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Make Money Selling Stock Photos

easy tips on selling micro stock photography

Stock Photography Community

Tip #3: Selecting Photos for the Submission Process

Monday, September 3, 2007

Each agency will have it's own set of criteria when it comes to the submission process. Some may ask for five images, others a few more. Read the submission process carefully to see what they are looking for. The agency wants to see your best work. They should be representative of what you can do with a camera. The images should also be high resolution and as sharp as possible.

Keep in mind that a microstock agency is looking for sellable images - photographs that are illustrative, tell a story, or clearly express an emotion. Concept photos are in high demand. They are usually created around an idea or concept, and may or may not be a composite, collage or include special effects. I have included one of my concept images above entitled "A World Thirsting" that you can view at Dreamstime. This image is a composite of two photos, digitally collaged to illustrate the concept of global warming and a lack of clean drinking water.

People photos are also very sellable - but make sure you have a signed model release for any recognizable faces in the photo.

Also keep in mind that any objects visible in your photos having "branding" such as logos, product names or insignias can not be submitted. An easy way to get around this is to digitally remove any "brand" information. If you are unable to do this, it's better not to submit the photo.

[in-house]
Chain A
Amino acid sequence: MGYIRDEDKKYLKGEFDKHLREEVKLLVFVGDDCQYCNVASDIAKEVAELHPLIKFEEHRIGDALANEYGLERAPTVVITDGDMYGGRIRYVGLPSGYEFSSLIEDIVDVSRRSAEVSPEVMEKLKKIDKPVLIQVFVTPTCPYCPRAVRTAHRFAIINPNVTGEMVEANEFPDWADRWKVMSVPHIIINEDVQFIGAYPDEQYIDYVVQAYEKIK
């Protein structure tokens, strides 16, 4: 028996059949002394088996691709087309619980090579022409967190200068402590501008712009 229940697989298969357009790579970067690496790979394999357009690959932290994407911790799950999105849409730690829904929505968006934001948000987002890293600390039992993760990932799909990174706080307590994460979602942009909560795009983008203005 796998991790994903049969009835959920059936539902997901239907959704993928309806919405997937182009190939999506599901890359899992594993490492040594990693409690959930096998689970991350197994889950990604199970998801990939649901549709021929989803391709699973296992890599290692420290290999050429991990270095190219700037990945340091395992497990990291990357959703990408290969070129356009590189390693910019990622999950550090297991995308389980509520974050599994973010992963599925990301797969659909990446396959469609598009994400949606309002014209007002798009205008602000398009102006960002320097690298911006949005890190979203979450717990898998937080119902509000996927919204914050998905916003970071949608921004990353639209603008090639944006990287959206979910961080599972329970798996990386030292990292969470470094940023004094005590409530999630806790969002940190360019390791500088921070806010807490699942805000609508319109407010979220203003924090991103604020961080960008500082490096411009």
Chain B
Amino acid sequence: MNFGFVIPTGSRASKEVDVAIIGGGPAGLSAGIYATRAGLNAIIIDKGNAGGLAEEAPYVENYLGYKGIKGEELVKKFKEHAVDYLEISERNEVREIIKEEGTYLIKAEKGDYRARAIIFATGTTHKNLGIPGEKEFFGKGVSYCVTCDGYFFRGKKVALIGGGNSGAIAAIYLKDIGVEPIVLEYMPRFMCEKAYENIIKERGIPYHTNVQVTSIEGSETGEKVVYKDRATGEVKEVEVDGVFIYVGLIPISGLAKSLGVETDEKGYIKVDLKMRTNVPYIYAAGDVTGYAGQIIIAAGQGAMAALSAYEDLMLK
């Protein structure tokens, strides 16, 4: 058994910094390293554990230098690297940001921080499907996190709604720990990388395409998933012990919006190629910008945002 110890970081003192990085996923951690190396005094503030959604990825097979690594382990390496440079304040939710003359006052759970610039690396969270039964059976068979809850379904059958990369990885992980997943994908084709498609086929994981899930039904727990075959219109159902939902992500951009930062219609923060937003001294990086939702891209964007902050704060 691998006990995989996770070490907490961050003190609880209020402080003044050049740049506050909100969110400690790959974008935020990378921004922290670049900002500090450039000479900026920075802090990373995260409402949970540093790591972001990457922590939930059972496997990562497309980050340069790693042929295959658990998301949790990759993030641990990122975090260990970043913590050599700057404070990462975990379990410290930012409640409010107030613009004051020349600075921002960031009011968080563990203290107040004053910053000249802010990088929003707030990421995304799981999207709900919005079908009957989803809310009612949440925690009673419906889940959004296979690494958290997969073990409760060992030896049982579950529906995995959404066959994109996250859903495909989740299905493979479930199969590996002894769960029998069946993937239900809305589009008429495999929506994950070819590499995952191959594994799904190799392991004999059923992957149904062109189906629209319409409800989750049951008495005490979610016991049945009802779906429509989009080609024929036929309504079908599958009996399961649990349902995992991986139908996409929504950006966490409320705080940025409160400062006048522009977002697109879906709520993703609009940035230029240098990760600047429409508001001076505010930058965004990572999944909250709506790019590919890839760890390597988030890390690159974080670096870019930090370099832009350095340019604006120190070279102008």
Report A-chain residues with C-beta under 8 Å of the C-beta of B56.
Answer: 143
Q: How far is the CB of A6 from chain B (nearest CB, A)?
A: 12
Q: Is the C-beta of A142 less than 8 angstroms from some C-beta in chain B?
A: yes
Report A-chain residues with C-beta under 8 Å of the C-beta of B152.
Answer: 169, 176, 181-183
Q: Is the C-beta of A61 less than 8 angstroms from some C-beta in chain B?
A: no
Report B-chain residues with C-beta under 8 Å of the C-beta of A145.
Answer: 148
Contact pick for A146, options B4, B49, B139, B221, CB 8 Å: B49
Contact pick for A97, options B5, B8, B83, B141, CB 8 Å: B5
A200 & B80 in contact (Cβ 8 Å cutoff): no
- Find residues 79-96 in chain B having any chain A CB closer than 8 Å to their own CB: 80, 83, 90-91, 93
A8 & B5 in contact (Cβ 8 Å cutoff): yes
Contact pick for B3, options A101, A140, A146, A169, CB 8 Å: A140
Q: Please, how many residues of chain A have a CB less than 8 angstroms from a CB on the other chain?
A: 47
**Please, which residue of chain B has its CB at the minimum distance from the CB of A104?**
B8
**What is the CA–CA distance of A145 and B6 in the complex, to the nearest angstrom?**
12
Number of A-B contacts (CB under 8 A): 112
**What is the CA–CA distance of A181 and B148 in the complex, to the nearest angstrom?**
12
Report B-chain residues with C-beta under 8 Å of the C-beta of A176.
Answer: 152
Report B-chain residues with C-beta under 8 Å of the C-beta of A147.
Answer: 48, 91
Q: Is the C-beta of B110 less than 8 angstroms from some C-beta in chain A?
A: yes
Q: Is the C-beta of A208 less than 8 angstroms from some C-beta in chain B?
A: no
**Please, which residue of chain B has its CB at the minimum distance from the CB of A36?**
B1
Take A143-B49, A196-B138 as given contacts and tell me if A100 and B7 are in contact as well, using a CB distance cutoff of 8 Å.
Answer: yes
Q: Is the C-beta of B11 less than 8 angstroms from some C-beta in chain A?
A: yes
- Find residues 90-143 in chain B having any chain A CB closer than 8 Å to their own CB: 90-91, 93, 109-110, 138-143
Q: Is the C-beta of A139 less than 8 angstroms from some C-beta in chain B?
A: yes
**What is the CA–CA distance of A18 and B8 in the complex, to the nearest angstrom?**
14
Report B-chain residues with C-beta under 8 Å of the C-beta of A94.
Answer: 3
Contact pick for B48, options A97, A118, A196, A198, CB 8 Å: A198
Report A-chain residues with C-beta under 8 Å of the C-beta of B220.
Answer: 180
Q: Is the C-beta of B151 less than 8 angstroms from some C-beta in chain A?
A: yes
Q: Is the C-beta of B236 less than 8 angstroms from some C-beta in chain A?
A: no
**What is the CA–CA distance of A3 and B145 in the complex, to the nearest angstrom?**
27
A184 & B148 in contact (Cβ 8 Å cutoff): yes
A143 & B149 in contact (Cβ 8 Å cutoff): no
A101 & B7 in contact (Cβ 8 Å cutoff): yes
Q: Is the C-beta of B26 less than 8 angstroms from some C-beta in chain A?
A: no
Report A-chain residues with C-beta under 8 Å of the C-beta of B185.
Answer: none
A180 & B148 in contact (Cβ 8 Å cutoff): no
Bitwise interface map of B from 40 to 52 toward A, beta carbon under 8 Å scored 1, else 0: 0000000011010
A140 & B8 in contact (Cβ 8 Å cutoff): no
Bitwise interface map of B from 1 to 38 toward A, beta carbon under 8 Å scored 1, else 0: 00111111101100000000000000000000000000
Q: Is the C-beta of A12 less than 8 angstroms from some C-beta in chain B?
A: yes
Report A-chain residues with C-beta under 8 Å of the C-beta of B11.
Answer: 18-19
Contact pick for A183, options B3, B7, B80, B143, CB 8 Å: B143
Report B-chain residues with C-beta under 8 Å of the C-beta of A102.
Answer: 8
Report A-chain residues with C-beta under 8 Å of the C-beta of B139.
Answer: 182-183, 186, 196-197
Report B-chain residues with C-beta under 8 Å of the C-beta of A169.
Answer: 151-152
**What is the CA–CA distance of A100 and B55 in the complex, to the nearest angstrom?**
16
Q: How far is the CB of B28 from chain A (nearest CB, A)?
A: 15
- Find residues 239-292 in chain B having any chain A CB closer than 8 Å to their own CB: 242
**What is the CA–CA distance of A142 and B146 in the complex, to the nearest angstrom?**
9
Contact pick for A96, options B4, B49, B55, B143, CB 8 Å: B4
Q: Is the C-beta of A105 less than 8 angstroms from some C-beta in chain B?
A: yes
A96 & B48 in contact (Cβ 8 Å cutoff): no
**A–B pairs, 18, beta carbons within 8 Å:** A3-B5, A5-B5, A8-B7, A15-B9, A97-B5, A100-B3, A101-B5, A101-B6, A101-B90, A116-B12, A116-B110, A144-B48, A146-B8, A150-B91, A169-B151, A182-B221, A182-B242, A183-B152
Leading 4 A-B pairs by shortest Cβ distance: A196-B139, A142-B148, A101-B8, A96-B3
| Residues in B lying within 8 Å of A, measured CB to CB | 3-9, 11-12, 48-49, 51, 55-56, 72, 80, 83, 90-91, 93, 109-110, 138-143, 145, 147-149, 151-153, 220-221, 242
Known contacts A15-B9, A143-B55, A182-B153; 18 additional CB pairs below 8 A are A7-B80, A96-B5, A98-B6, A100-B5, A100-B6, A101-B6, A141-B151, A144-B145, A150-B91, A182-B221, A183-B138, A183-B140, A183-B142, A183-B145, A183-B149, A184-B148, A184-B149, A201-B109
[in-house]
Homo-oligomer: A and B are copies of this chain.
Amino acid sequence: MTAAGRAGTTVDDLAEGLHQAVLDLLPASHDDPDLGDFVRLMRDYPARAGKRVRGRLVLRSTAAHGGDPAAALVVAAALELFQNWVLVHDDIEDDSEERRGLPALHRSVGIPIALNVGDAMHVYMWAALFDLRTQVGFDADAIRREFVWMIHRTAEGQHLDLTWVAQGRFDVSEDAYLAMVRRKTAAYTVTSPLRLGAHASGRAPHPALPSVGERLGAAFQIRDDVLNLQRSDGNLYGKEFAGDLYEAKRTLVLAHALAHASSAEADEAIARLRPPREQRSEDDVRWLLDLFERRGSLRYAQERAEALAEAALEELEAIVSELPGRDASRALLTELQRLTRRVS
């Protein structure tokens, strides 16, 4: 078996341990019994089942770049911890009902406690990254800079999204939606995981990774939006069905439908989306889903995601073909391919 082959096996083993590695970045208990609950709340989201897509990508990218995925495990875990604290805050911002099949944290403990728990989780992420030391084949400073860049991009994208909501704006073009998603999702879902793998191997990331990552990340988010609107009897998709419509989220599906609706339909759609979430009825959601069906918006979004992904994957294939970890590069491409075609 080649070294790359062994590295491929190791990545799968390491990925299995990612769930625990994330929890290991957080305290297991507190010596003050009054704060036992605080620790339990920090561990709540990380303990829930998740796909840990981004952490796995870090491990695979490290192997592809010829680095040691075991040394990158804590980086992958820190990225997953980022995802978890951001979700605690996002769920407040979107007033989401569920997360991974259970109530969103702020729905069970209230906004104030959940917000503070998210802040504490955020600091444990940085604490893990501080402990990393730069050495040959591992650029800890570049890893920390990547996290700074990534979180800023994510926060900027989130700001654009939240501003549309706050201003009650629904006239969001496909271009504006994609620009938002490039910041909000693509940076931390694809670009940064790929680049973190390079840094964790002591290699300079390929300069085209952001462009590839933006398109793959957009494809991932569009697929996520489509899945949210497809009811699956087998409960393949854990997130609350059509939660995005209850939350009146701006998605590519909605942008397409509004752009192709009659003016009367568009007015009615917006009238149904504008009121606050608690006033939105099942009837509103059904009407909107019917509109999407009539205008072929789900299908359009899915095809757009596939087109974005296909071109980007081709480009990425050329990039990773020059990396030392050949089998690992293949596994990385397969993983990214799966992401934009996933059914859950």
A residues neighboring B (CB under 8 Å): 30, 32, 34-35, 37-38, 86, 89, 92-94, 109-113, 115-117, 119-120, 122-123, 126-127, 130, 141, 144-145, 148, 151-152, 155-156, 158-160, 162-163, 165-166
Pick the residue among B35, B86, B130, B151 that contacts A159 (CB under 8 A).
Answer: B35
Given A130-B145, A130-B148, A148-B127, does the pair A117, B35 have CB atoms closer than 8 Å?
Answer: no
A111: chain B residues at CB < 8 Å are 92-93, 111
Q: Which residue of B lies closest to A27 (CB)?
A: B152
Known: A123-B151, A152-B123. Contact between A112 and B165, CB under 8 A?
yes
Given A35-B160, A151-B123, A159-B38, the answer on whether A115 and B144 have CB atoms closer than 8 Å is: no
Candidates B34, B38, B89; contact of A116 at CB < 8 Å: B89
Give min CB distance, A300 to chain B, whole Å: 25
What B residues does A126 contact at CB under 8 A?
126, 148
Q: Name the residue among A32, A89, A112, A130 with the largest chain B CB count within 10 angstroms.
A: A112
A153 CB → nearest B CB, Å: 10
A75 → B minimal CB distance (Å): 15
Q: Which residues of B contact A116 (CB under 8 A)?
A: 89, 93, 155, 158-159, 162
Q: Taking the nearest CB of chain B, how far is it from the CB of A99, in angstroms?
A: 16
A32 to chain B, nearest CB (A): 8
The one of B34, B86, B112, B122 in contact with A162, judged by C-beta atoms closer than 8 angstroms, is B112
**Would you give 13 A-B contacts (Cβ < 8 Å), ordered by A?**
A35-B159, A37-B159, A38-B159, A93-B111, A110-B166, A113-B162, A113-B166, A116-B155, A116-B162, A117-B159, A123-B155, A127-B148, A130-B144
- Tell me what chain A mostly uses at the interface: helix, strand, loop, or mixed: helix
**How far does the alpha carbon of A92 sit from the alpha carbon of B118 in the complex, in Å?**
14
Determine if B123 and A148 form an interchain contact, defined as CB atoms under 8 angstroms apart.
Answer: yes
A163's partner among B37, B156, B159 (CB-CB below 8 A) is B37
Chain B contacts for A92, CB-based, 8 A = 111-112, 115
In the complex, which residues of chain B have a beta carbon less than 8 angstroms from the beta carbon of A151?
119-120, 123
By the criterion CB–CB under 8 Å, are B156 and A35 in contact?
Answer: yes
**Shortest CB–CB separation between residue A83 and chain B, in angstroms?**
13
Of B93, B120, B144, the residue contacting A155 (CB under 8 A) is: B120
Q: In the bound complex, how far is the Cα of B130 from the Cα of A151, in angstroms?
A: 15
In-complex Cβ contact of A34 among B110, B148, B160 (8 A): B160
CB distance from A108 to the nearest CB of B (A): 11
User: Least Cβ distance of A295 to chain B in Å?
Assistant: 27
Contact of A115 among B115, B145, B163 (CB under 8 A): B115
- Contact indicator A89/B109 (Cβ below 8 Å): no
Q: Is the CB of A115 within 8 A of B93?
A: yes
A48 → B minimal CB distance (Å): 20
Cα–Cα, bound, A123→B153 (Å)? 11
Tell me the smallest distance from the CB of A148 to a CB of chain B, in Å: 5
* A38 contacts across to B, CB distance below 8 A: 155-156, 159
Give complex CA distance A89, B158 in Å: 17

To get started you might want to try simple, uncomplicated photos with strong visual appeal. But stay away from subject matter that could be considered "snapshots" such as sunsets and flowers. Agencies get tons of these things, and unless they are truly unusual or spectacular - they won't be accepted.

Another good way to find out what an agency likes is to browse through their directory. Pick a topic that you already have photos of and do a search on the agency website. You'll see what others have submitted and can gauge the quality of your work against theirs. Also, you'll see an estimate of how many photos are already accepted under this category. If a category or topic has thousands of images already indexed in an agency's directory, there's less likelihood of having images accepted that use this topic. But if you find a category with few images, you can capitalized on this by aggressively pursuing this topic.

Once I was looking for photos of underground mining equipment to use on a client's website. I found virtually nothing listed under several agency directories. I thought, "Wow, what an opportunity for someone who has access to a working mine and permission to take photos."

For more understanding of how a submission process works, take a look at Dreamstime's guidelines: http://www.dreamstime.com/sellimages.

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